>> Saturday, February 23, 2013
With her family business in crisis. Polly Prince does her best to keep calm and carry on. But hard work alone can't save her company from a takeover by the infamously ruthless Damon Doukakis -or her traitorous body from the lethal sensuality of her boss!
As his new apprentice, Polly accompanies Damon to Paris to negotiate the business deal of her life! Worse still, Polly must at all costs resist Damon in the most dangerously romantic city in the world.
I've been hearing really good things about Sarah Morgan, and Brie's review of her latest pushed me into finally trying her, even though she writes mainly for Harlequin Presents, a line that really isn't to my taste. Brie suggested several titles to start with, and it turned out I had Doukakis' Apprentice on the TBR already, so there, decision made!
The setup is very Presents. The hero is Damon Doukakis, Greek tycoon extraordinaire. His sister has ran off with Peter Prince, a feckless businessman twice her age and won't get in touch. Worried that his sister might actually marry him, Damon decides to takes over Prince's advertising agency, to force the man out of hiding.
It turns out that Prince is even more irresponsible than Damon thought, and for years, the agency has been effectively ran and kept alive by his daughter, Polly. She's been pouring her heart and soul into the company and is single-handedly responsible for keeping them afloat despite of the fact that their Board is entirely composed of useless, blood-sucking leeches. With better management and someone reining in the Board, she's convinced the company could be a success. When Doukakis takes over, Polly is terrified. She's sure he's out for revenge, and rather than take a proper look at the situation, he will just shut down the whole thing to get back at her father, putting the people who are like a proper family to her out of work.
Things start out as you would expect in this line, with the very familiar angst at the injustice of having the heroine wrongly judged. Damon instantly makes assumptions about Polly and accuses her of being useless, a rich girl on a lark, who's never done a day of hard work in her life. Typical Presents. I have to admit, it's a very effective technique, and it hits you (and it did hit me, in this case) straight in the gut. It's also a bit manipulative, and now that I've read so many of these books and recognise exactly what the author's doing, it does annoy me a bit.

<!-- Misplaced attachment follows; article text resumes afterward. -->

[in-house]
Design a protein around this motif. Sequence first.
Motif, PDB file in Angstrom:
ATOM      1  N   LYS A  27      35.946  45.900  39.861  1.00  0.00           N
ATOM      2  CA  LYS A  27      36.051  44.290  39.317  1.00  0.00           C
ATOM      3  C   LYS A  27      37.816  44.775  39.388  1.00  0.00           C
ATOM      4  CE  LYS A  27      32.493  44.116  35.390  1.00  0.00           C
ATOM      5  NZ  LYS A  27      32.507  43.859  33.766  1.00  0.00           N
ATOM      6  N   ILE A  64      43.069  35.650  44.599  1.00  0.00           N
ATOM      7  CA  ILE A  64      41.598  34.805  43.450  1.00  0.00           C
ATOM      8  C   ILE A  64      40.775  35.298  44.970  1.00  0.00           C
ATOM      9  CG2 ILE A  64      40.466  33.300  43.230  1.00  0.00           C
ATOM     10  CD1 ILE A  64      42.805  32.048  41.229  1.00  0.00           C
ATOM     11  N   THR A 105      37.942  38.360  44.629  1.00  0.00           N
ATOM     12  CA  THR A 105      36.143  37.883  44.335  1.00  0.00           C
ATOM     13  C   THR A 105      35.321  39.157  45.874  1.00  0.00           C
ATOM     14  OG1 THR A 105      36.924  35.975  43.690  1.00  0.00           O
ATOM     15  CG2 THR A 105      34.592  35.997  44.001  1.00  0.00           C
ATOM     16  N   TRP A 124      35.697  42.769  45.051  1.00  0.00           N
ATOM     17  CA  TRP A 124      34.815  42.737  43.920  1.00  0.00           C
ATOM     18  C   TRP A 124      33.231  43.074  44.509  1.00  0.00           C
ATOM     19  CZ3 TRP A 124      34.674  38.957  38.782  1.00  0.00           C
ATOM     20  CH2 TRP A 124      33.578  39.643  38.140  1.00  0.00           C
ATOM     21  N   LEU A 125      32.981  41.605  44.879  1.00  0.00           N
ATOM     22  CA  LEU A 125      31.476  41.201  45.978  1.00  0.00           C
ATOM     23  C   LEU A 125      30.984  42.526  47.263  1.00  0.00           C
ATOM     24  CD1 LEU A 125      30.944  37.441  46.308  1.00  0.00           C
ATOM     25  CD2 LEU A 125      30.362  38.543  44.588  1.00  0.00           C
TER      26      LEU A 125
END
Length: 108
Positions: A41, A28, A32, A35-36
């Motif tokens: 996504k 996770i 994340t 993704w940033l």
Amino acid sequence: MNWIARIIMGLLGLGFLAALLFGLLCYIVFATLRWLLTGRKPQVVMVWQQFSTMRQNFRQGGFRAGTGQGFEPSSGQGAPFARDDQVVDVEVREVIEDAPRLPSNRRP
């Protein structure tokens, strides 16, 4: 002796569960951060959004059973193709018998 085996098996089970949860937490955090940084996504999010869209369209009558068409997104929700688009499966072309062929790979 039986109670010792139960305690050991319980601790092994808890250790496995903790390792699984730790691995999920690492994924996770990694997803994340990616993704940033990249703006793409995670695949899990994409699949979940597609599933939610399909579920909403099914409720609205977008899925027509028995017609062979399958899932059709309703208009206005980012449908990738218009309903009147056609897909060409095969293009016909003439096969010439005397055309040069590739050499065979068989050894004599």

But then things just flip. Damon turns out to be a reasonable guy, whose first step is to actually look at the evidence. He then reasseses his initial conclusions. Not only that, he admits it to Polly, and is very clear about his admiration and respect for the amazing work she has done.
And there's more! They end up jetting off to Paris for this important meeting, and Morgan allows her big alpha hero to be wrong. About business! Yes, we're not talking about a story where the conclusion is that women are good at the fluffy, creative stuff, but for serious business, you need a man, and women needn't worry their pretty heads about it. Polly's good at the creative side, but when it comes to pitching for accounts, she knows what she's doing as well, and her approach is more effective than Damon's. The story ends with her business being given the management help it needs, but with his business changing to incorporate the more employee-friendly practices of Polly's (creches! no more hot-desking!).
[As an aside, speaking of those business practices of Polly's: some of them are the kind of thing that would have driven me crazy when I first started this blog. The accountant has no idea what he's doing and can't use a spreadsheet, but he's a dear, so she'll keep him on and try to teach him, very slowly. The mail-room lady gives everyone the wrong mail, but again, she's a dear, so people just fix her mistakes. I've written reviews where I screamed in exasperation at that sort of thing, annoyed at what it says about femininity, that a true woman must be nurturing and couldn't possibly be ruthless enough to run a business properly. But now... it turns out I don't mind so much. I've become increasingly socialist in my own age. Oh, the gender role thing still annoys me, and that incompetent accountant is keeping a competent one who could do the job better out of work, but still, there's nothing wrong in a business has providing good jobs for its employees as one of its reasons for being.]
The relationship between Damon and Polly is really, really good, too. She gives as good as she gets in the business sense (read some of the quotes in the Dear Author review, they show that perfectly), but also in their personal interactions (even though, completely unnecessarily, a virgin *sigh*). A lot of the fun comes from seeing the suave, powerful Damon perpetually off-balance with her, and gradually coming to care for the woman he discovers under the surface. It turns out he can give her exactly what she needs, someone who cares about what happens to her, rather than assume she's tough and she'll be all right and can handle anything. Damon comes alive as well, showing both Polly and the reader his vulnerabilities, the family history that made him into the overly serious and protective man he became. It was a romance I found believable and satisfying.
So, a fantastic book, but I have to say, not one that makes me feel any different about Presents. I liked it in spite of the Presents-ish elements. In fact, I loved it because it overturned these elements and stood them on their head.
MY GRADE: A B+.